Back to contents

HIV testing for babies and children

It is very important that children born to HIV-positive women are tested for HIV. Ideally, this should happen at birth (see below). But if this didn’t happen, and the child’s mother was, or thinks she might have been, HIV-positive at the time the child was born, they should be tested whatever their age because of the risk of mother-to-child transmission. If you are HIV-positive it is very important that your child, or children, are all tested for HIV whatever their age.

Although it can be painful and worrying knowing that a child has a serious illness, potentially life-saving treatment and care can only be provided if it’s known that your child has HIV. Once you know about your child’s diagnosis, you can be offered support by a variety of services to help your child have a long and healthy life.

The type of test used will depend on the age of your child.

HIV testing in babies

If you and your healthcare team know that you’re HIV-positive, your baby will be tested at birth to see if he or she has been infected with HIV. An HIV viral load test will be used. This test looks for the presence of the virus in the blood. This test will be repeated after six weeks and again after twelve weeks.

If there is no trace of HIV after twelve weeks then you can be confident that your baby is not infected with HIV. However, it’s important that you bottle feed your baby formula milk, as it’s still possible for a mother to pass on HIV to her baby by breastfeeding, because HIV is present in breast milk. Help is available to meet the costs of paying for formula milk.

The HIV antibody test is not used to diagnose HIV in babies and young infants. This is because antibodies can cross the placenta from mother to infant and be present in the baby’s blood for up to 18 months after he or she is born. A negative HIV antibody test result for your baby at 18 months of age is the final test that is done to confirm that the baby is not infected.

HIV testing for children aged 18 months and over

By the age of 18 months, if there are any HIV antibodies present in a child, this will be because the child is infected with HIV. Therefore if your child is aged 18 months or older, the test used to diagnose HIV will be the HIV antibody test.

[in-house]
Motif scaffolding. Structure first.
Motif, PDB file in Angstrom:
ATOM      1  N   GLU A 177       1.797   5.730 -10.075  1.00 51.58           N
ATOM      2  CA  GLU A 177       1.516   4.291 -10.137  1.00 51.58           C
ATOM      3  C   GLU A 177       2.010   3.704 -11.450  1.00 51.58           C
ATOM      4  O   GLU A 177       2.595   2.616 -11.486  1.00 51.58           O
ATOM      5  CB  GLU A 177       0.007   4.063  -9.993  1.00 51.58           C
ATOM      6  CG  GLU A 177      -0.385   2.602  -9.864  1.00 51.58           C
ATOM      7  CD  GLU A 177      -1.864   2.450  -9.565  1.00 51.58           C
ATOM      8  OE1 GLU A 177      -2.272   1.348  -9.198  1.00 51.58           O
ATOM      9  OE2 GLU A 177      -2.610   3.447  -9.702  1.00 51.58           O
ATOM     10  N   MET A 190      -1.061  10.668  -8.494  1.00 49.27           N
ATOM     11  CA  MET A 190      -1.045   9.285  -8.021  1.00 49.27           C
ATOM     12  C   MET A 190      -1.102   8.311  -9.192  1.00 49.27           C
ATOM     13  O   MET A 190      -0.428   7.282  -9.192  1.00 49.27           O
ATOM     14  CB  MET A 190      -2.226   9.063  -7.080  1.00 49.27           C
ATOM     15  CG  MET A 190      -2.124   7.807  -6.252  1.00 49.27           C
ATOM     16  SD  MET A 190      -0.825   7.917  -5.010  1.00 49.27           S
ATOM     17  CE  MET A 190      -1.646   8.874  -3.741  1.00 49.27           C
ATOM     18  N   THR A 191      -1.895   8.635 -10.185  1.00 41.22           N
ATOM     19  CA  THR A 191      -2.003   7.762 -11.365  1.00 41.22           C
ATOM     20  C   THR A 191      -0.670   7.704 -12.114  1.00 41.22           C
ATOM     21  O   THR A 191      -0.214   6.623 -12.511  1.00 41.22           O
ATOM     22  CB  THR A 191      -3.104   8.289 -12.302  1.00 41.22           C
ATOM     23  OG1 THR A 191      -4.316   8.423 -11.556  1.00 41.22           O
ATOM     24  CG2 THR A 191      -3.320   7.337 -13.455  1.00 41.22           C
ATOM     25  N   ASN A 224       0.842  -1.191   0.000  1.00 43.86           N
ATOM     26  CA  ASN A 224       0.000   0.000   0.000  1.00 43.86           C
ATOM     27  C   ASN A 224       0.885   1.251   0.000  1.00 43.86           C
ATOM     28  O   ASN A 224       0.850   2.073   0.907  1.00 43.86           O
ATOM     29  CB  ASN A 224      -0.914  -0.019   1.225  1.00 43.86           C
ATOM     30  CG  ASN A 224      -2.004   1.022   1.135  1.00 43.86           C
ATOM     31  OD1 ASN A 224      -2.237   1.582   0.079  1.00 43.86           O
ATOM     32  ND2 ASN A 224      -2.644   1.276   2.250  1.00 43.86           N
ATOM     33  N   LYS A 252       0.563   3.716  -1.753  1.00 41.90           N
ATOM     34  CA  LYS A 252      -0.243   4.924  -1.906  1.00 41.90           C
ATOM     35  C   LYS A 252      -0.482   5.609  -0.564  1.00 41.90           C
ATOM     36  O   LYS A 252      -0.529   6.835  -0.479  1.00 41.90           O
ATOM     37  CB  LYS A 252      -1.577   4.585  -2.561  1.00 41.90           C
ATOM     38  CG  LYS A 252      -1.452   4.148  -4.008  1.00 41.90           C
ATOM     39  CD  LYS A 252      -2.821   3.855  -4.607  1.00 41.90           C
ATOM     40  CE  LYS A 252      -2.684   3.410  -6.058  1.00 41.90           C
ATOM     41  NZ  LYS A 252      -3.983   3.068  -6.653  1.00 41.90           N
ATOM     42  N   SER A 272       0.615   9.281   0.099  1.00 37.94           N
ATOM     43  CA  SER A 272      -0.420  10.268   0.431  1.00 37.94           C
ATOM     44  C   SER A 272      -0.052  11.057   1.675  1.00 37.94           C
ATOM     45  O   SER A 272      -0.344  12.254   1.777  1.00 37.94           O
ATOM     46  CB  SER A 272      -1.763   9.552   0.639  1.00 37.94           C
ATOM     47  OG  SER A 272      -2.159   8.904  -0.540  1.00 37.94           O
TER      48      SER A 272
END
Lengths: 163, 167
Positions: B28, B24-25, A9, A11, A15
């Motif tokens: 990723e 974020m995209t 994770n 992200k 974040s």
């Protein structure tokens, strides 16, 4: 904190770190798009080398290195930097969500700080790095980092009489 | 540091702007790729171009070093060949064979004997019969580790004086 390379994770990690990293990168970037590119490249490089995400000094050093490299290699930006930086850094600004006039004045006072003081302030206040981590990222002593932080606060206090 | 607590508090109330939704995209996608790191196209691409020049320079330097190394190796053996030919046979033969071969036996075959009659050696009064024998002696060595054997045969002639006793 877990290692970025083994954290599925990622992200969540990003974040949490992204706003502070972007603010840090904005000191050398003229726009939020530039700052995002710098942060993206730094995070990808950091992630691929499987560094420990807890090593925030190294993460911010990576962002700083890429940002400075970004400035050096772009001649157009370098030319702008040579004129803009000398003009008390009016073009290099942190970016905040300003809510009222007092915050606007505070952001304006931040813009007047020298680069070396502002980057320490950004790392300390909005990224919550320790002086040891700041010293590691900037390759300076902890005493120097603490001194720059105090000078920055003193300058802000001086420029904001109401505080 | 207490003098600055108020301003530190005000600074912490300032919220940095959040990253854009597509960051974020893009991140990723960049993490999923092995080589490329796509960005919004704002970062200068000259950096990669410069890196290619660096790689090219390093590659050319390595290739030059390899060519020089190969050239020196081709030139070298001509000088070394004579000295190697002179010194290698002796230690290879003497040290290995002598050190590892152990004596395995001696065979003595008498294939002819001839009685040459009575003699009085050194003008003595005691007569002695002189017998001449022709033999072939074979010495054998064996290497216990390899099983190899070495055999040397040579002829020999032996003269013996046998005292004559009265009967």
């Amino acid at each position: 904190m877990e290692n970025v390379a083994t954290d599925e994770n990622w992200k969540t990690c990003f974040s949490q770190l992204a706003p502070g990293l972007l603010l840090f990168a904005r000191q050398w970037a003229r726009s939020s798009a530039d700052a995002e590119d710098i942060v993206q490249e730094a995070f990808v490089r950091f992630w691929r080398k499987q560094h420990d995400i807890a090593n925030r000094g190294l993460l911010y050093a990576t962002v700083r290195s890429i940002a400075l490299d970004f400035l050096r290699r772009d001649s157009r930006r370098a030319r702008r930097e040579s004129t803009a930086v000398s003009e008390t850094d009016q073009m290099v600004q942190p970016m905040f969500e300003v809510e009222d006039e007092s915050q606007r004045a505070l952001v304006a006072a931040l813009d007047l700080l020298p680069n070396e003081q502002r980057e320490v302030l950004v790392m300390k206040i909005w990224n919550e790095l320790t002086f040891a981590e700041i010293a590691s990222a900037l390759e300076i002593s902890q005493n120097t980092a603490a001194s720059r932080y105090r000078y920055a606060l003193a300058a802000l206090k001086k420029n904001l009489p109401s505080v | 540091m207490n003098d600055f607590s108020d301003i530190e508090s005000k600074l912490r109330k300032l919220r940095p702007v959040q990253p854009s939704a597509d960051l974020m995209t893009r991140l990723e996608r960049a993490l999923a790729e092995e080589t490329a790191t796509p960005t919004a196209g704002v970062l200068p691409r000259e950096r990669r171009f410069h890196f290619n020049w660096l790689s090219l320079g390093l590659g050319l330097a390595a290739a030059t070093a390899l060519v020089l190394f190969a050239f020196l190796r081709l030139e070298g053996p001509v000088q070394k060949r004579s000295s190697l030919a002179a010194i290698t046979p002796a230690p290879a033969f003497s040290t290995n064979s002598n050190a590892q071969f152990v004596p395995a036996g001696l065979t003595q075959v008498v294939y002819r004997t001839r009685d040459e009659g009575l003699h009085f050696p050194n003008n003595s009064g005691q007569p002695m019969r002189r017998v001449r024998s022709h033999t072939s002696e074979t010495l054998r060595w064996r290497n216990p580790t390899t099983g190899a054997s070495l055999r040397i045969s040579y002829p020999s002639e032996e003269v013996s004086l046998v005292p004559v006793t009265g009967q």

Almost all mothers in the UK will have an HIV test in pregnancy. If for any reason this was not done and a woman or her child is later found to have HIV then if the woman has other children, they should also have an HIV test. It is very important to have older children tested for HIV if you discover that you are HIV-positive. Sadly, there have been cases of children dying of HIV because they were not diagnosed soon enough for life-saving treatment and care to be provided. Do not be afraid of telling your HIV clinic that you would like your children to be tested. HIV services will offer the same confidential service to children who are being tested for HIV as they do to adults and will offer you support regardless of the test result.

HIV & children

Published January 2010

Last reviewed January 2010

Next review December 2013

Contact NAM to find out more about the scientific research and information used to produce this booklet.

This content was checked for accuracy at the time it was written. It may have been superseded by more recent developments. NAM recommends checking whether this is the most current information when making decisions that may affect your health.